A former nurse was charged with multiple felonies after a state investigation alleges she took narcotic painkillers from patients at a Bozeman nursing home.

On Friday, the Montana Attorney General’s Office filed a motion seeking to charge Kristy June Bonnet with three felony counts of fraudulently obtaining dangerous drugs.

An initial appearance has not been set.

According to charging documents filed by Assistant Attorney General Chris McConnell:

In November 2015, the director of nursing at Mountain View Healthcare Community in Bozeman contacted the Medicaid Fraud Control Unit of the Montana Department of Justice Division of Criminal Investigation.

Personnel at the facility had reported that Bonnet substituted a partial pill of an unknown medication for a tablet of oxycodone, an opioid pain medication.

An agent with the Medicaid Fraud Control Unit interviewed a patient, who had been admitted to Mountain View on Oct. 5, 2015. The patient was prescribed oxycodone and methadone, another opioid pain medication.

On Nov. 6, Bonnet gave the patient two methadone tablets and a supposed oxycodone pill. When the patient put the oxycodone pill into her mouth, she felt a jagged edge. She took the pill out and examined it and discovered it was not oxycodone.

Later that day, Bonnet tried to give the patient the other half of the jagged pill. When the patient confronted Bonnet, the patient said Bonnet told her she had made a mistake then gave her an actual oxycodone pill.

The patient reported the encounter to Mountain View staff. She was suspended pending an internal investigation but decided to resign.

The jagged pill was later tested and found to be an over-the-counter anti-diarrheal medicine.

Investigators interviewed a second patient, who had also been admitted to Mountain View in October 2015.

The patient had been prescribed hydrocodone, an opioid pain medication. Records that Bonnet filled out showed that she gave the patient at least eight hydrocodone pills. But the patient said she never received any of those pills.

And a third patient reported that, while Bonnet’s records showed that the patient was given eight doses of hydrocodone over the course of a week in October and November 2015, she mainly took Tylenol during that time and only took hydrocodone infrequently.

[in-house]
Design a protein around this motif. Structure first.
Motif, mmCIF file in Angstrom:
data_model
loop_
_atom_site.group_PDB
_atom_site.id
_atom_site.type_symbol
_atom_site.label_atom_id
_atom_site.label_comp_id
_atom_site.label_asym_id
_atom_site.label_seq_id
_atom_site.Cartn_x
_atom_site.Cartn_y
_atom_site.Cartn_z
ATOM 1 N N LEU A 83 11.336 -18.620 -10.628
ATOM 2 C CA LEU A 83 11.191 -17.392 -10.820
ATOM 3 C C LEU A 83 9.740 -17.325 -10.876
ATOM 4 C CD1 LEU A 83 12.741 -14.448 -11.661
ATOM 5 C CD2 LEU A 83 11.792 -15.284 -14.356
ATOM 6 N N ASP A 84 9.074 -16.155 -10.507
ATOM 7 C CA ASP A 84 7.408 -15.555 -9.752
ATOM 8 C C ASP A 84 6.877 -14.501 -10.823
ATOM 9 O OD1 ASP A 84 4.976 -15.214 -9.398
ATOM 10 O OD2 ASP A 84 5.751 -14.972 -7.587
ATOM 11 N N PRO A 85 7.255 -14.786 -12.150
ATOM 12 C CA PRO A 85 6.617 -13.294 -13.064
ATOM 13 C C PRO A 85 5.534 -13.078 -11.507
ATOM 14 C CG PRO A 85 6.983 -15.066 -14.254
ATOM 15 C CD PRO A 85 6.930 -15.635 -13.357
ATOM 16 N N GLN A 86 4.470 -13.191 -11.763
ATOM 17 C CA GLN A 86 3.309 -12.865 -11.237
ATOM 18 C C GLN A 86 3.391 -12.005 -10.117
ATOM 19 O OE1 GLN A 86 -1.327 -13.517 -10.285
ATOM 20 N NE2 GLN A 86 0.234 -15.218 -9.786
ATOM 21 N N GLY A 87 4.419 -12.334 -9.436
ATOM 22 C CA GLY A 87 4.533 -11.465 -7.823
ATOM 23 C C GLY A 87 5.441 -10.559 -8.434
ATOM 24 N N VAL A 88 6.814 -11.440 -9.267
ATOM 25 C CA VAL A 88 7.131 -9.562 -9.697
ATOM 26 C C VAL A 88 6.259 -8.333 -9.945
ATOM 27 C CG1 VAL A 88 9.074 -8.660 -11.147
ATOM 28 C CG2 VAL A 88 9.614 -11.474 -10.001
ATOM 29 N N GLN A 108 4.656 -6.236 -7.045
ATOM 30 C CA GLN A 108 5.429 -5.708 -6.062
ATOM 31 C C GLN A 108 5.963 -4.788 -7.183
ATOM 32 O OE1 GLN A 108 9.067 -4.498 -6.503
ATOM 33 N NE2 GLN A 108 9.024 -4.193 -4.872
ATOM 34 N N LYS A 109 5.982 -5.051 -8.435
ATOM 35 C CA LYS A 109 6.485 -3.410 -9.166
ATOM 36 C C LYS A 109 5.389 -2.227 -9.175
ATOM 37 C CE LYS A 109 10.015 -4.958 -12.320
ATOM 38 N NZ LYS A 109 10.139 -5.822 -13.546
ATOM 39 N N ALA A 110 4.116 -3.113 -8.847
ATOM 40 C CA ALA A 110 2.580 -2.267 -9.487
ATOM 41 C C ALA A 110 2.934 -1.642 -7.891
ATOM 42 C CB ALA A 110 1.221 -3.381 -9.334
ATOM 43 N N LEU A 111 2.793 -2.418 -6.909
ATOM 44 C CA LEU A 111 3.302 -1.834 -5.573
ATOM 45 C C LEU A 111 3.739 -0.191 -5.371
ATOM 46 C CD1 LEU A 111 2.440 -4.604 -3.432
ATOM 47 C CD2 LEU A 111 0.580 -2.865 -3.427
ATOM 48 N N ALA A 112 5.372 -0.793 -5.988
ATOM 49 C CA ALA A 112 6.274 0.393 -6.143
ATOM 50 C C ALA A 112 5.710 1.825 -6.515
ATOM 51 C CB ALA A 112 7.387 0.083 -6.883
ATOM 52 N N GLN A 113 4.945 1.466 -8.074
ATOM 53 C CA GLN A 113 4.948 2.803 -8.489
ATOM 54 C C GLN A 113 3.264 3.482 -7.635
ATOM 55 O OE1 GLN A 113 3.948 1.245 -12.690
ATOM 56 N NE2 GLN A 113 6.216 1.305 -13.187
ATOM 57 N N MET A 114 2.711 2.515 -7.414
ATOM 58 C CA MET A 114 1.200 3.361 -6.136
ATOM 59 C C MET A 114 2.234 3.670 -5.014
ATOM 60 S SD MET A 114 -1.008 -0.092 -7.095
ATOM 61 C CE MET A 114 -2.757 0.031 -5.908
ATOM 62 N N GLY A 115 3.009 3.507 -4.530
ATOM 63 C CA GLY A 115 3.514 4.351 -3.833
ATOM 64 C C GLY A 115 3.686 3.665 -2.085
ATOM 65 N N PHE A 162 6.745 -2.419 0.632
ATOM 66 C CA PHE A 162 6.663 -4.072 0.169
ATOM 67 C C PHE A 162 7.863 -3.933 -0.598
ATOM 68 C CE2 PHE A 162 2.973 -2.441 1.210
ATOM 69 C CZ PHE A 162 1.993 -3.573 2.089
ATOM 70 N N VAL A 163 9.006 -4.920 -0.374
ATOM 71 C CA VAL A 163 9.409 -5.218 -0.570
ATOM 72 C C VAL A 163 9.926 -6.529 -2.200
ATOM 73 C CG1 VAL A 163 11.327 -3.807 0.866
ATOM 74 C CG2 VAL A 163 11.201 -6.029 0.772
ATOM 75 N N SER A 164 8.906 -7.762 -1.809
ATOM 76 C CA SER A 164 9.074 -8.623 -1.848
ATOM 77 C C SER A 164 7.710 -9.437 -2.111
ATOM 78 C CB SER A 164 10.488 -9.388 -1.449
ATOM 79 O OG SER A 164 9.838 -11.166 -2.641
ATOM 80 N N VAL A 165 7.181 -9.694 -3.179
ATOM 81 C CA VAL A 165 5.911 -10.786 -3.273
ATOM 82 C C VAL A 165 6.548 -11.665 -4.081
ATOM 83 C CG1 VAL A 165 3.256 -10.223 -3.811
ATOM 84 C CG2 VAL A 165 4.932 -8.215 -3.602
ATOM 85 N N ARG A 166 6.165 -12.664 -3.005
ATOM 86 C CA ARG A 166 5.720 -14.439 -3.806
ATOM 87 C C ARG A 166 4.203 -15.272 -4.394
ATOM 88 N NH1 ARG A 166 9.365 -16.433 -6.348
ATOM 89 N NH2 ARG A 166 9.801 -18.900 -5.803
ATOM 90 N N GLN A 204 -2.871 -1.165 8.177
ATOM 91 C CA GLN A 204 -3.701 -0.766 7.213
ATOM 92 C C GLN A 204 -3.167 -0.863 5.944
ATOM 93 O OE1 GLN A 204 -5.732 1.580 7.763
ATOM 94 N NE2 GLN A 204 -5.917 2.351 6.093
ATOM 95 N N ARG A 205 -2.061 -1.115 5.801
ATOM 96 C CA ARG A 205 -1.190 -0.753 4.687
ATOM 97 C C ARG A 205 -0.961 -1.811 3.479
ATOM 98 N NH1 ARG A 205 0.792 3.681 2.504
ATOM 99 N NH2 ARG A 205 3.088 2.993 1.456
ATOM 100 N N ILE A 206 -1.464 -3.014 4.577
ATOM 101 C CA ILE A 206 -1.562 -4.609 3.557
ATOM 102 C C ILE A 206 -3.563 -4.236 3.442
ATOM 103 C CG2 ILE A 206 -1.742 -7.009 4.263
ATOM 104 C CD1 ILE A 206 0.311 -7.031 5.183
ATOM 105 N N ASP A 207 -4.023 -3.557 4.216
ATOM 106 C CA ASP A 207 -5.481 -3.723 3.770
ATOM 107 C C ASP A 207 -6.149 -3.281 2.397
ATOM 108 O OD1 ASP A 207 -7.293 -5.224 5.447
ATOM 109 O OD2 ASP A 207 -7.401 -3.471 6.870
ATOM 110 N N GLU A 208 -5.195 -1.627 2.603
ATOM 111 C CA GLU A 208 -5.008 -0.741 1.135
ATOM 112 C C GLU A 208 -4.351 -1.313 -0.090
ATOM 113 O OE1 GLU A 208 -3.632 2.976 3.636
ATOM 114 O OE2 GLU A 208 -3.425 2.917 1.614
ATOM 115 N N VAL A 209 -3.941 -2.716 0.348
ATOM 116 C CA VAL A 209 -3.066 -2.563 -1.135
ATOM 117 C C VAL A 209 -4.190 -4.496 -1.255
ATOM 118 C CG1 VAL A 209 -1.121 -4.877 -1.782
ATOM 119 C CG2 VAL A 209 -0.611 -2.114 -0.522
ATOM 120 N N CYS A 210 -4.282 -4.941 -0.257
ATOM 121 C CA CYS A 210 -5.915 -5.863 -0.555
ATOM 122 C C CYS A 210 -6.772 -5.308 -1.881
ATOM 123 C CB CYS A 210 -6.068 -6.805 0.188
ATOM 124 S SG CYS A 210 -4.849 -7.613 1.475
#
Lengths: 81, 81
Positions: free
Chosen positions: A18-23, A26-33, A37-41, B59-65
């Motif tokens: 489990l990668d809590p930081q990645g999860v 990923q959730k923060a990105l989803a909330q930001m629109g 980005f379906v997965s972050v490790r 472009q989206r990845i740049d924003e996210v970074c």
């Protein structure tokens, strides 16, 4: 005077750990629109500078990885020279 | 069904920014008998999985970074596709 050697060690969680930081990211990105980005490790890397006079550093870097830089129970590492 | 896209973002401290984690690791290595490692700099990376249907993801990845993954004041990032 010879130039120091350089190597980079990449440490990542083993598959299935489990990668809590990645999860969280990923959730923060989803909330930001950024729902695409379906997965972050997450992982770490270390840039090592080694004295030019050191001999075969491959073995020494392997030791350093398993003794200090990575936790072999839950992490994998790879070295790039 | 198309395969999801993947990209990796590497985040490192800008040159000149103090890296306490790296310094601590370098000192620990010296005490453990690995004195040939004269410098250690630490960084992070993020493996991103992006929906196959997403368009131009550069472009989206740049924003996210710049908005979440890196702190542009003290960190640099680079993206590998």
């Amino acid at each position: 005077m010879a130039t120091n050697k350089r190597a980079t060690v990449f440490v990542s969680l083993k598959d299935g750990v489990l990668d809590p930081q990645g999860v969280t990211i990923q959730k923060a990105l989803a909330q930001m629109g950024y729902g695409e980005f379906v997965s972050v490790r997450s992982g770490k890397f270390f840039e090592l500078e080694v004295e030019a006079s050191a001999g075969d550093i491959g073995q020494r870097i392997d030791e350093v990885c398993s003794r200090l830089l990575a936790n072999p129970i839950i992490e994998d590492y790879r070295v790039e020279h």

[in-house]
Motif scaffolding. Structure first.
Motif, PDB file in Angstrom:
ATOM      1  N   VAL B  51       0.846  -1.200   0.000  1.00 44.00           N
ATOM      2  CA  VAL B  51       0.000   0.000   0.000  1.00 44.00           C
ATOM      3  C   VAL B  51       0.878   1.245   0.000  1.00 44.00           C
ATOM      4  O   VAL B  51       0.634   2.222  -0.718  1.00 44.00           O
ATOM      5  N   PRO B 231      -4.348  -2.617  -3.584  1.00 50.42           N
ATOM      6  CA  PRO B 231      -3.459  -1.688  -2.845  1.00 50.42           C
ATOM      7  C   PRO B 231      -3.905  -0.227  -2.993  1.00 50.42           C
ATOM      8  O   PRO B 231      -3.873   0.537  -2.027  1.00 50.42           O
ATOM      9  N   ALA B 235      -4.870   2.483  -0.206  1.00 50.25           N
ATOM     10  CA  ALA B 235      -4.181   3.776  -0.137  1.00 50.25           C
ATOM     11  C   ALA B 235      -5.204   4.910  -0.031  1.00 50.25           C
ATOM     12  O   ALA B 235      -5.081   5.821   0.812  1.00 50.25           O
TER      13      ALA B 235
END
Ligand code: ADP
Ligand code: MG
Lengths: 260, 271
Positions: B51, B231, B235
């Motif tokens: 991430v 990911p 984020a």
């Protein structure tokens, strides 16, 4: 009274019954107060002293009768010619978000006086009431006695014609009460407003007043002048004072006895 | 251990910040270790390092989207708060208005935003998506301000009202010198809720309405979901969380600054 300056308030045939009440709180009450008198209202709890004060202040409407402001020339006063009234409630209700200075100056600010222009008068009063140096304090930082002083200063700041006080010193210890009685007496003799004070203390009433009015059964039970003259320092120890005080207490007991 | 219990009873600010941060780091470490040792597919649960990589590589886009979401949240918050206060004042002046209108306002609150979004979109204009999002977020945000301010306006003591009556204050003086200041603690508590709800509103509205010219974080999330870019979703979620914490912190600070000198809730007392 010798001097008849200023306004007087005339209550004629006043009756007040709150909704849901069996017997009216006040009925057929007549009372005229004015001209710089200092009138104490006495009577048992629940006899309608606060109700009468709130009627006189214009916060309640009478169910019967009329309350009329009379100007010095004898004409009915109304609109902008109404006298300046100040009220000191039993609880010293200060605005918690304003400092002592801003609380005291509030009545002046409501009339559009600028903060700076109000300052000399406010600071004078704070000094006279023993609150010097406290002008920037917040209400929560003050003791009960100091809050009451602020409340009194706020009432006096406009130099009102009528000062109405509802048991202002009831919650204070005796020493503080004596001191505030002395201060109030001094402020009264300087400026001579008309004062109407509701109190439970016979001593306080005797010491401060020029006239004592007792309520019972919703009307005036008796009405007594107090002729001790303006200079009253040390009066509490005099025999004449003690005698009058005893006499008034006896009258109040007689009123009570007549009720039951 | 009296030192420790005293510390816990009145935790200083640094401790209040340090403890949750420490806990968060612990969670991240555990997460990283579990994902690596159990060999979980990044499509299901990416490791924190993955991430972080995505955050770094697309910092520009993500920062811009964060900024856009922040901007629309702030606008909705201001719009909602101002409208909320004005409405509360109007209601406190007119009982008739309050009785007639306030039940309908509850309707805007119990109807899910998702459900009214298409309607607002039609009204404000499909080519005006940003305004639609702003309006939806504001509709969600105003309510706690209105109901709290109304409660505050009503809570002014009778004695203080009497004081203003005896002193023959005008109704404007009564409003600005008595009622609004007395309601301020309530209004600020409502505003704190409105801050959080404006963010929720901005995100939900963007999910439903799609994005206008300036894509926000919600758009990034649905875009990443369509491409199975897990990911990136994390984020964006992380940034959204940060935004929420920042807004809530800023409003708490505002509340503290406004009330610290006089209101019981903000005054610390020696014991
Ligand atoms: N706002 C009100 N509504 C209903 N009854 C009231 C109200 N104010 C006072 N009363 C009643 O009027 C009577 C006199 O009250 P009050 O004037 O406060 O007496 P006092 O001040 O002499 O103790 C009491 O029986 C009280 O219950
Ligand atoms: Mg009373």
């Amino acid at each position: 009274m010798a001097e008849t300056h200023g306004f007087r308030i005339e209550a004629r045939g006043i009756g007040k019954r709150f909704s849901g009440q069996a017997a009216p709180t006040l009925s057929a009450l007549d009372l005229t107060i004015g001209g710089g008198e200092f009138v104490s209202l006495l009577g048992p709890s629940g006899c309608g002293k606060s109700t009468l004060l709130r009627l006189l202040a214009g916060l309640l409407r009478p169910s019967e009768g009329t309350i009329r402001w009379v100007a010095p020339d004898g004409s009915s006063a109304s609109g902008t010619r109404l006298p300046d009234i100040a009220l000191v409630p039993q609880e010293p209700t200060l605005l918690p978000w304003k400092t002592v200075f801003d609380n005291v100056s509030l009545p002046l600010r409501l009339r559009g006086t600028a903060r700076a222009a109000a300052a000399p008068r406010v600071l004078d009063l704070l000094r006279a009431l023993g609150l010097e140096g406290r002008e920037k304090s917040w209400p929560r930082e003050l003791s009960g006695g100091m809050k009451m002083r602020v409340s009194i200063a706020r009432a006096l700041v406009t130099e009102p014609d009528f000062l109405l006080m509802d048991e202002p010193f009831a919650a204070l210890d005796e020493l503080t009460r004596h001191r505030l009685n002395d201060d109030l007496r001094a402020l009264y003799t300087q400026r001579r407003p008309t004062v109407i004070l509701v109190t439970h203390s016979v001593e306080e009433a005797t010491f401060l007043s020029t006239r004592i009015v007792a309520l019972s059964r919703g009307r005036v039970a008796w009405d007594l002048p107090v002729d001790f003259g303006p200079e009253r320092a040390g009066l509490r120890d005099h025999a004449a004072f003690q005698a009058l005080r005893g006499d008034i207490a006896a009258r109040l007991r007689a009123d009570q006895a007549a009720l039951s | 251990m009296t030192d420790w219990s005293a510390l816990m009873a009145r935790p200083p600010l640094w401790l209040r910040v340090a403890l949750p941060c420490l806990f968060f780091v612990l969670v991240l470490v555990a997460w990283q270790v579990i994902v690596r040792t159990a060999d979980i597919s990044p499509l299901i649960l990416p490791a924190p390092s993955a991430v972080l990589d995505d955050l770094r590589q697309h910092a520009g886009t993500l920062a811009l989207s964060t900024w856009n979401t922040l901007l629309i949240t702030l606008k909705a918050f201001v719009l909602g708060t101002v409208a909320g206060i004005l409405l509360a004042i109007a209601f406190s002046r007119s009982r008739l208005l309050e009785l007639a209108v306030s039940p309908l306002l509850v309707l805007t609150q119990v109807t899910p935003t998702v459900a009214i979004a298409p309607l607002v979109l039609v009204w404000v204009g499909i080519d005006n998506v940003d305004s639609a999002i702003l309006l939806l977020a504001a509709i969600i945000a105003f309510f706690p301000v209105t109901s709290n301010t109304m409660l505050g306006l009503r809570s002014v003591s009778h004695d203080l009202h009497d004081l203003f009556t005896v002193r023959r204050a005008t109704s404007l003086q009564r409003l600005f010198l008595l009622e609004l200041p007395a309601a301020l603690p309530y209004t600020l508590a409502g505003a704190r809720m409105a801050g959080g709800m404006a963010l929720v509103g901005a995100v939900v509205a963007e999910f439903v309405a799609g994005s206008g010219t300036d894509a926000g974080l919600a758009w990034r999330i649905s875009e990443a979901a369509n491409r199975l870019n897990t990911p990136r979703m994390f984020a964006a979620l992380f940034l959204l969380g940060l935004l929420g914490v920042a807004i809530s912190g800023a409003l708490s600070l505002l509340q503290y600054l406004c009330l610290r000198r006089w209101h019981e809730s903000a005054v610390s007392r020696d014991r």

Bonnet had a previous history with diverting medication from patients when she worked at the Tobacco Root Mountain Care Center in Sheridan.

A patient who was in that facility in July 2015 reported that Bonnet’s records showed that she gave the woman doses of hydrocodone during the early morning hours on two different days. However, the patient said she never received the medication during the middle of the night, nor was she ever woken up by any nurse for medications.

Staff at Tobacco Root Mountain Care Center reported that Bonnet would treat patients for pain even though they were not complaining of pain.

Staff also recalled other suspicious behaviors, including physical indicators of potential substance abuse and being found handling narcotics in a locked medicine room with the lights off while holding a flashlight.

During an interview with investigators in January 2016, Bonnet denied diverting any narcotics from patients at Mountain View, saying she would not use patient medications for herself.

Bonnet said she made medication errors while at Mountain View. She said she had no idea how one of the patients received a partial pill. She said any errors she made were due to being pregnant and overworked.

As for the second patient, Bonnet said she may have given her too many narcotics, but felt that she was treating the patient’s pain and that it was not a criminal act.

Whitney Bermes can be reached at wbermes@dailychronicle.com or 582-2648. Follow her on Twitter at @wabermes.


Whitney Bermes covers cops and courts for the Chronicle.

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